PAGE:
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10th October 2018

Even less-than-avid readers of news regarding Thai Immigration matters are probably aware that there have been a number of changes which have occurred within the ranks of the Immigration Bureau in Thailand (including the appointment of Surachate Hakparn also known as “Big Joke” as head of Immigration). Also, there have been a number of incidents which point to an overall shift in the paradigm of Immigration officers in the Kingdom of Thailand. For example, the ongoing raids occurring throughout Thailand under the Operation X-Ray Outlaw Foreigner program and the follow-on arrests, deportations, and blacklisting associated therewith.

Meanwhile, Immigration Checkpoints at various ports of entry throughout the country have seen multiple postings of signs explaining that there is to be “No Tipping” of Immigration personnel by those entering the Kingdom from abroad. The initiative appears to be especially aimed at those arriving in Thailand in need of a Visa on Arrival. This news came upon the heels of reports that individuals were recently arrested in connection with an immigration matter as it was found that the individuals in question were apparently attempting to use forged documents in order to obtain a Thai visa extension. The upshot of these arrests has resulted in increased scrutiny of those filing applications for Thai visa extension. As of the time of this writing, the heightened scrutiny of extension applications appears to be being applied across the board and not exclusively to cases which may be deemed suspicious. This is resulting in delays and difficulties for many people seeking to extend their non-immigrant visa status in the Kingdom.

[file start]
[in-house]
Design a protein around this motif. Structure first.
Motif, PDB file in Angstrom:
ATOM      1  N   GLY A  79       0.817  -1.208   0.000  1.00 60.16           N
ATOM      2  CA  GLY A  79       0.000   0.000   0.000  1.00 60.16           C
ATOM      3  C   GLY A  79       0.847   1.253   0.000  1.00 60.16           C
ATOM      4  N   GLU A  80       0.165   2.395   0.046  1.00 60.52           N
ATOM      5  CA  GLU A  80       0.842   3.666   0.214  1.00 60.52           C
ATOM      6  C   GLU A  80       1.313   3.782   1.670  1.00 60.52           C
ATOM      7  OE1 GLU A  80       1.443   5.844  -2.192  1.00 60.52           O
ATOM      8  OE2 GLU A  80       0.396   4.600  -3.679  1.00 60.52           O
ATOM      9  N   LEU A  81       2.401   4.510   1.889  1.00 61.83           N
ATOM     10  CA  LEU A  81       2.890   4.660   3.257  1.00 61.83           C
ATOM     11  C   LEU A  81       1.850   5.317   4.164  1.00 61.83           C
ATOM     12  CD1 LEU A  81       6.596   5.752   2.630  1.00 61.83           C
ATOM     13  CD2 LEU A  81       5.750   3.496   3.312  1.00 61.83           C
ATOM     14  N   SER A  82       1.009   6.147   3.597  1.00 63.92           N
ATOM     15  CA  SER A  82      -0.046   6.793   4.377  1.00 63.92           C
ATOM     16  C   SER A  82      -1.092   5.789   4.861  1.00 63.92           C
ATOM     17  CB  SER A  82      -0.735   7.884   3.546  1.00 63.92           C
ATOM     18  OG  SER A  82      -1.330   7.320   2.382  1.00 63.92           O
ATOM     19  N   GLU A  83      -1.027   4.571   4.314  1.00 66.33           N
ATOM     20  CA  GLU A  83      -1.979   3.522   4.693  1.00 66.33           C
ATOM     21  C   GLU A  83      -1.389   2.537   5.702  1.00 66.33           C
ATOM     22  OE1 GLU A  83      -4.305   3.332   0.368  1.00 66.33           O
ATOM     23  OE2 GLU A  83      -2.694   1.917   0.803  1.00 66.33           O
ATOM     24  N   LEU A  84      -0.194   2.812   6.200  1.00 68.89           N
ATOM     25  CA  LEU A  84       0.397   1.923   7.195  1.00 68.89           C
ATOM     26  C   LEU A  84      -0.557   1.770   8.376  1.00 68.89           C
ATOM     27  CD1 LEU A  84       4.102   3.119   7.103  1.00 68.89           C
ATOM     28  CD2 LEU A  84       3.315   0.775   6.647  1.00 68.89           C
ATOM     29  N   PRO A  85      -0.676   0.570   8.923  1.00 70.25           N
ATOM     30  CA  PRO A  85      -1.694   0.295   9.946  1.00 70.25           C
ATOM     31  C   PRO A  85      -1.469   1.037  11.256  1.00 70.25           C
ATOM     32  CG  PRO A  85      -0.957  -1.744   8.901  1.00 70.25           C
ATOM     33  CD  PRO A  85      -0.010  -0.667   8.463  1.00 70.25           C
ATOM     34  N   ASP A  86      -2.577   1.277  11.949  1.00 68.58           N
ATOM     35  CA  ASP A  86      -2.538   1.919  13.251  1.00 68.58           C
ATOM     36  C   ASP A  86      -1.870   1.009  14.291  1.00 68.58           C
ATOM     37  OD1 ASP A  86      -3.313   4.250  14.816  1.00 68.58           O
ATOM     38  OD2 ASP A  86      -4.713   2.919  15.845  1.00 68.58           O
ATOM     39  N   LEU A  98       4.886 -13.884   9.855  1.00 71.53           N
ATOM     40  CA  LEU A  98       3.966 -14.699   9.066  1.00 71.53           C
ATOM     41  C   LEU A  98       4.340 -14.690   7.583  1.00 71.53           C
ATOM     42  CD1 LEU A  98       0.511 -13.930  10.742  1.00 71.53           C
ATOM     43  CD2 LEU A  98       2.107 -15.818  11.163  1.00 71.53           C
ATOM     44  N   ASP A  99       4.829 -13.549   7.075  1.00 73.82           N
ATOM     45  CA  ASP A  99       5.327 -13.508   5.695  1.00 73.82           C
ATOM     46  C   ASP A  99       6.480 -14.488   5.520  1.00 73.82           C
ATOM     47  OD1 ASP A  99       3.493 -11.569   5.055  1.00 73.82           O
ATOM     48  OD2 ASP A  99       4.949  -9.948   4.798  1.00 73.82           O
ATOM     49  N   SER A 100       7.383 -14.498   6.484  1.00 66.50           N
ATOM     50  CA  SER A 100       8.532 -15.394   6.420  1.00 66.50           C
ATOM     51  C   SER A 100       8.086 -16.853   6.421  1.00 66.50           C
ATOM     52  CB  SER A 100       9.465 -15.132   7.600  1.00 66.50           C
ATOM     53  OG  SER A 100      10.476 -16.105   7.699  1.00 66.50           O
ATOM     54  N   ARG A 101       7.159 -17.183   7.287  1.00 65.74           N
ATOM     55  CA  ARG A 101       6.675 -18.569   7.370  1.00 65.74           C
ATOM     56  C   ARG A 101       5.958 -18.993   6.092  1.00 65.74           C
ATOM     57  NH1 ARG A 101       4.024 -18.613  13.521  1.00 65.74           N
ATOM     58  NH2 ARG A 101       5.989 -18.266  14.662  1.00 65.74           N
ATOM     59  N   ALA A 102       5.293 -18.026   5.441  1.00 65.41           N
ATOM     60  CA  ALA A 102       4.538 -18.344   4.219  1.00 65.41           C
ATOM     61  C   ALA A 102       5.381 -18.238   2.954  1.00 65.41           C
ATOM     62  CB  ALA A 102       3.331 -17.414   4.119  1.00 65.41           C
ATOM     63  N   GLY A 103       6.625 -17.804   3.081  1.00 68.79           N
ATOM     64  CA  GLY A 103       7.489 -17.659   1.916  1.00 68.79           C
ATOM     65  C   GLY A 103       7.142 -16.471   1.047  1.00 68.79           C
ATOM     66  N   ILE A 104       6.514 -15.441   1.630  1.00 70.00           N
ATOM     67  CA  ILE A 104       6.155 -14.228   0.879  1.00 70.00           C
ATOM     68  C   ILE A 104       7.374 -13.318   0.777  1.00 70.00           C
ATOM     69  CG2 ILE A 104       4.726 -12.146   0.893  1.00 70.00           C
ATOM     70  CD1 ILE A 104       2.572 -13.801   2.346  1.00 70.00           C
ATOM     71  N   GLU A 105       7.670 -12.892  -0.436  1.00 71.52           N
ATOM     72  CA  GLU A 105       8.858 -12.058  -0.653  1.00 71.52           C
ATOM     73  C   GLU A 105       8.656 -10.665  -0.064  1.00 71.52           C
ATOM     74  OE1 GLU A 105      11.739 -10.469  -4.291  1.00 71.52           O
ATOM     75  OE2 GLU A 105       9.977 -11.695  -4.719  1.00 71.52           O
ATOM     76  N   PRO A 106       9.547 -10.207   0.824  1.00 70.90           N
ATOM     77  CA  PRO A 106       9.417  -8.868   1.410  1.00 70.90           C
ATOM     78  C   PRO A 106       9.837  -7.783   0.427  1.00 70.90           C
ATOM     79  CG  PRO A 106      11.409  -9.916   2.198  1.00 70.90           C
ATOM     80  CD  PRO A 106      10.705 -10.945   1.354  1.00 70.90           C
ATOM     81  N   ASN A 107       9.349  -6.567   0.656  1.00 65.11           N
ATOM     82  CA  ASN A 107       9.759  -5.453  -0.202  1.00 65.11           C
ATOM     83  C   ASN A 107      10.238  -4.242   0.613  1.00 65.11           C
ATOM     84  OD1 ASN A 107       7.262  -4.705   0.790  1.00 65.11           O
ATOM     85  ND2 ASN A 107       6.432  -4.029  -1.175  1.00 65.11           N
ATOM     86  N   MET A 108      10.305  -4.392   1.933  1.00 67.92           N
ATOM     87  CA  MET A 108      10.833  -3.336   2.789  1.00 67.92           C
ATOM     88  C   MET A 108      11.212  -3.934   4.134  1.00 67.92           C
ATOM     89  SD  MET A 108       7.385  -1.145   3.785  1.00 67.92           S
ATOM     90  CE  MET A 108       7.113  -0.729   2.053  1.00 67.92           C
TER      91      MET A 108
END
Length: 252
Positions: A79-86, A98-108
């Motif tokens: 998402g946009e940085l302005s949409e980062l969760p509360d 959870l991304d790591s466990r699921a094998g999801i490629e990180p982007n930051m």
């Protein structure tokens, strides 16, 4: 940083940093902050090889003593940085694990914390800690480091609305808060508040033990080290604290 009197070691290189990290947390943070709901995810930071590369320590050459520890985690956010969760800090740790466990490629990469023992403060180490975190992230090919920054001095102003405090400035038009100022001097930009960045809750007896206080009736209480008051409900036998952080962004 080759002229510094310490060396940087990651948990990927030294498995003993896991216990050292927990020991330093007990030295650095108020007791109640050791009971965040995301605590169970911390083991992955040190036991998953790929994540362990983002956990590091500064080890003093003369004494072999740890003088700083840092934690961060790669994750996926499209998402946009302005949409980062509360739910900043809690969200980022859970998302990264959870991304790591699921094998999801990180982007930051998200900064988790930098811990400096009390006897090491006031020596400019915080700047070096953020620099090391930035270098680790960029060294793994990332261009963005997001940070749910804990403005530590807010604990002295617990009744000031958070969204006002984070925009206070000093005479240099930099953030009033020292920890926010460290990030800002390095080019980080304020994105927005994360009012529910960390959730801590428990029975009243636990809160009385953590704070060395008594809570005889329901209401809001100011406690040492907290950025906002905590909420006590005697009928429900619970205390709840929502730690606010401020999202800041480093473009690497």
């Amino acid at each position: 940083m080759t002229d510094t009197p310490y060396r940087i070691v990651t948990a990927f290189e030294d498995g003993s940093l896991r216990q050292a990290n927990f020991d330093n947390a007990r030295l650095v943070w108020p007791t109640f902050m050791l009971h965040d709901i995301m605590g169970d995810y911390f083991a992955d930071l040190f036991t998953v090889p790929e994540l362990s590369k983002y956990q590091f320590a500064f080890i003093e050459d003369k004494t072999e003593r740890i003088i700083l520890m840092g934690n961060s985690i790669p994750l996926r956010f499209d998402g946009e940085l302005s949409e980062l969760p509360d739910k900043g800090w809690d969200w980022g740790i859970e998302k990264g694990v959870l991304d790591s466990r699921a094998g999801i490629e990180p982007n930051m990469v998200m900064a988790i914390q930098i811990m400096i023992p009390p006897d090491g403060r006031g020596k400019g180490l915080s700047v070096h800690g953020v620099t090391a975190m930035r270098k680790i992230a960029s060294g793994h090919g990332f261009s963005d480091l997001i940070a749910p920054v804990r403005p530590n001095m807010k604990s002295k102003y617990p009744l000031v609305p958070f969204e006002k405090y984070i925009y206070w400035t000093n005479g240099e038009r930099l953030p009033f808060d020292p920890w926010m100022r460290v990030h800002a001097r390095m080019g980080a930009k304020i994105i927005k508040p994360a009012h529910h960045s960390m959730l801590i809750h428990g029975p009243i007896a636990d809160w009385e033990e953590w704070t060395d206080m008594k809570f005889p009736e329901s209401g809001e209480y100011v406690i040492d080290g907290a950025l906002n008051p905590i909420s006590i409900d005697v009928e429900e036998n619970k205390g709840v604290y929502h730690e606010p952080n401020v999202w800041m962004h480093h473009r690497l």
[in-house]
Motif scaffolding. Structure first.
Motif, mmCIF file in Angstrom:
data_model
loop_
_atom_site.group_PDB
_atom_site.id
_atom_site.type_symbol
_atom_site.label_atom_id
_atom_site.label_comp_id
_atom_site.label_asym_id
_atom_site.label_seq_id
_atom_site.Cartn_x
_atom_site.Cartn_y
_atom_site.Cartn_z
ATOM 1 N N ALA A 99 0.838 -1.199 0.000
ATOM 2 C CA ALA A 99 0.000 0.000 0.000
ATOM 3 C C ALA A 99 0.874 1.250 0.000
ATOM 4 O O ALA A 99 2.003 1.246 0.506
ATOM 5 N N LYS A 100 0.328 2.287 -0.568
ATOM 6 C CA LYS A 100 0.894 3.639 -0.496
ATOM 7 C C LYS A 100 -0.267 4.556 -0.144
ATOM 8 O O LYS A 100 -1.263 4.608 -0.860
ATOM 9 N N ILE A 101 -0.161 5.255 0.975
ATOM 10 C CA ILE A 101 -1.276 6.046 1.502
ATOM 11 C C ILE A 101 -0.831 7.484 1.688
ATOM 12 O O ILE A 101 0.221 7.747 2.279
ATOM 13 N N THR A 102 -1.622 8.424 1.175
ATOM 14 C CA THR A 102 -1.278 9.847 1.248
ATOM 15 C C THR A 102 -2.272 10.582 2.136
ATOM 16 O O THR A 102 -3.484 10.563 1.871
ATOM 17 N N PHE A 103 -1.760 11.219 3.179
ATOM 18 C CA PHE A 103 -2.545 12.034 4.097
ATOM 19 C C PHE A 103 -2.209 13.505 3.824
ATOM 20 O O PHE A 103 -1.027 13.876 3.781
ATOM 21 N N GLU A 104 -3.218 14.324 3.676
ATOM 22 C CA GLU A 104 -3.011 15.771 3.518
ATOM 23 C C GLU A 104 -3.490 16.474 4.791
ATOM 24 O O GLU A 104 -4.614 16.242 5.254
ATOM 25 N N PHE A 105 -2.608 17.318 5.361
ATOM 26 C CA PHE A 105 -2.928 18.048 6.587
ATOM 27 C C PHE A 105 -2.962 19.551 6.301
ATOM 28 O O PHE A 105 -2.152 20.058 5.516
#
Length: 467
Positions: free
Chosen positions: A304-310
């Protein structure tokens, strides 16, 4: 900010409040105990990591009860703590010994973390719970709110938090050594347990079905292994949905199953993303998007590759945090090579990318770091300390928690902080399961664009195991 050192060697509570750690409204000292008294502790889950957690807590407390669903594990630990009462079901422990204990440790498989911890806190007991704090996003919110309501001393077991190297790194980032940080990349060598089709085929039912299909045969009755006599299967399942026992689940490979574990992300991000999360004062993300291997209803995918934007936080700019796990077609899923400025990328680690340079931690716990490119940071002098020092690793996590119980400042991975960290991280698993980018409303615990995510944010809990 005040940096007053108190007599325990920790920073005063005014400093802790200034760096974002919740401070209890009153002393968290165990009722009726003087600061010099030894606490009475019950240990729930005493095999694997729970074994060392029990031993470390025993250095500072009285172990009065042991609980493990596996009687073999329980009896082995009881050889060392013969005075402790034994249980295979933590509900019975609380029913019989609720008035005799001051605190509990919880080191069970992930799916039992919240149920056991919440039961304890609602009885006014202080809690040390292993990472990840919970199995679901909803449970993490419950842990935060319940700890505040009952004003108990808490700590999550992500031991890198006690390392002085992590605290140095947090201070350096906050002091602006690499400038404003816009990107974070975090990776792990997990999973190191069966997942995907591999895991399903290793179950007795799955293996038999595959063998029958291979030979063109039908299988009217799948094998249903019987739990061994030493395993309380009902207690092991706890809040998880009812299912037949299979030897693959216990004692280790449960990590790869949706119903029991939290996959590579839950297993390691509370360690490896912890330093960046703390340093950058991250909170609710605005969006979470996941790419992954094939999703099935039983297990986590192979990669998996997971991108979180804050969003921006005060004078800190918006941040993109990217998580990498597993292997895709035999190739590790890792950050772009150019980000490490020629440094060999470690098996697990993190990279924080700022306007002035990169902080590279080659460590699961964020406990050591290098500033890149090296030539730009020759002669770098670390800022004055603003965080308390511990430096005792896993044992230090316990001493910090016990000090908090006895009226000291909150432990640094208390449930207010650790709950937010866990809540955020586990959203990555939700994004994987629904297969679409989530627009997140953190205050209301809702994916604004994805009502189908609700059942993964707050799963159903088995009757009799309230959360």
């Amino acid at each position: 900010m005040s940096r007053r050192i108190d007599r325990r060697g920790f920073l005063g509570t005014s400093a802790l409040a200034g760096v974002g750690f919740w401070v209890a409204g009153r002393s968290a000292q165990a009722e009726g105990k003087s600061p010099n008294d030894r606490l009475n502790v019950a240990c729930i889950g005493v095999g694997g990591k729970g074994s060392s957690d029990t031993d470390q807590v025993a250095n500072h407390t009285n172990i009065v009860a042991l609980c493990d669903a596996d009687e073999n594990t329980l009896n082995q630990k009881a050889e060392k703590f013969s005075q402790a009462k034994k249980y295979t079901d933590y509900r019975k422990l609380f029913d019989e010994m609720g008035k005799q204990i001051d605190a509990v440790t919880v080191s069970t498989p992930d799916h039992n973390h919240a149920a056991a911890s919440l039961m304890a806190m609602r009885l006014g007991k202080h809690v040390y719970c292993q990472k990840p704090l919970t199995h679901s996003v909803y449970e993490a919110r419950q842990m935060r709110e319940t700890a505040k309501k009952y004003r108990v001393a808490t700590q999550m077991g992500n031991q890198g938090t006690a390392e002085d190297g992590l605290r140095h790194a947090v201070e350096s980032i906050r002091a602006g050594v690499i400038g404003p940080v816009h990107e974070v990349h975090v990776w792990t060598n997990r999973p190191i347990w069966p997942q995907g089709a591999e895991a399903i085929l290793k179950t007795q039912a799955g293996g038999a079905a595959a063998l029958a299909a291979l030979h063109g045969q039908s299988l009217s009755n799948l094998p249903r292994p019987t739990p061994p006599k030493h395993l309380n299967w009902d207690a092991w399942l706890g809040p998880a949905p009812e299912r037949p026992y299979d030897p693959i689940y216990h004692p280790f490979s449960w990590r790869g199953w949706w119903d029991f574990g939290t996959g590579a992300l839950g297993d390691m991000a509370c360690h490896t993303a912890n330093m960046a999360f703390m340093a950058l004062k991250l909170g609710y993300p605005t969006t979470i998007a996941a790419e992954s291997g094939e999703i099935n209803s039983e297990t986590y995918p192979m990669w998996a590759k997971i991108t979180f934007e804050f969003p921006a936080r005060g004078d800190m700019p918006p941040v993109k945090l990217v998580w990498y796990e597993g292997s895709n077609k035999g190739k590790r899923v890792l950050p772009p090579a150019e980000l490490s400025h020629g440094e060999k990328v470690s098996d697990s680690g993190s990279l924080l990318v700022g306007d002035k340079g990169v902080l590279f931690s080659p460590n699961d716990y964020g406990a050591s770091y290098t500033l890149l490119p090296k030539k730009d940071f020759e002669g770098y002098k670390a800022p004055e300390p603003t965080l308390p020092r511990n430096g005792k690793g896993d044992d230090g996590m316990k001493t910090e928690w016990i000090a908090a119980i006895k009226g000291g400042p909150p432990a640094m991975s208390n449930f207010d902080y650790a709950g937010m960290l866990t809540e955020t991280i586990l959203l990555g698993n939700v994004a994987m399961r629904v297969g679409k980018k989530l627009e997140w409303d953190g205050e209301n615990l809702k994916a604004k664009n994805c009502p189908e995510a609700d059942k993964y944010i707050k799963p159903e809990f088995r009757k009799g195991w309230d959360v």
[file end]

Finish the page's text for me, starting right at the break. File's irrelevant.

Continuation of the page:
It recently came to this blogger’s attention via the Bangkok Post that there are even further developments with respect to Thai Immigration. To quote directly from a recent Bangkok Post article:

The defence minister has ordered the IB to strictly enforce the law against foreign nationals overstaying their visas and those who remain in the country despite their visas having been revoked…Lt Gen Kongcheep added the foreign nationals identity database has to be integrated with the immigration screening facilities at border checkpoints and airports to help identify more quickly those who might pose as a threat to national security. Meanwhile, Pol Maj Gen Surachate announced IB will begin to deport visa overstayers — of which there are at least 40,000 — within a month.

These developments would represent substantial changes in terms of the way Immigration authorities currently enforce the law. Moreover, it is notable that the Immigration database will soon be linked to a more broad identity database which will likely result in better coordination between different government ministries in Thailand. As a result, Immigration authorities will be better equipped to identify and possibly forestall those deemed to be undesirable from entering or reentering the Kingdom.

If there are actually 40,000 individuals currently overstaying their status in Thailand it seems logical to infer that the implementation of these measures along with those previously implemented will result in a large number of such individuals being apprehended and possibly deported from Thailand. It should be noted that those arrested in Thailand for visa overstay are likely to be placed on the Blacklist and precluded from returning to the Kingdom for a prolonged period of time.

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10th April 2010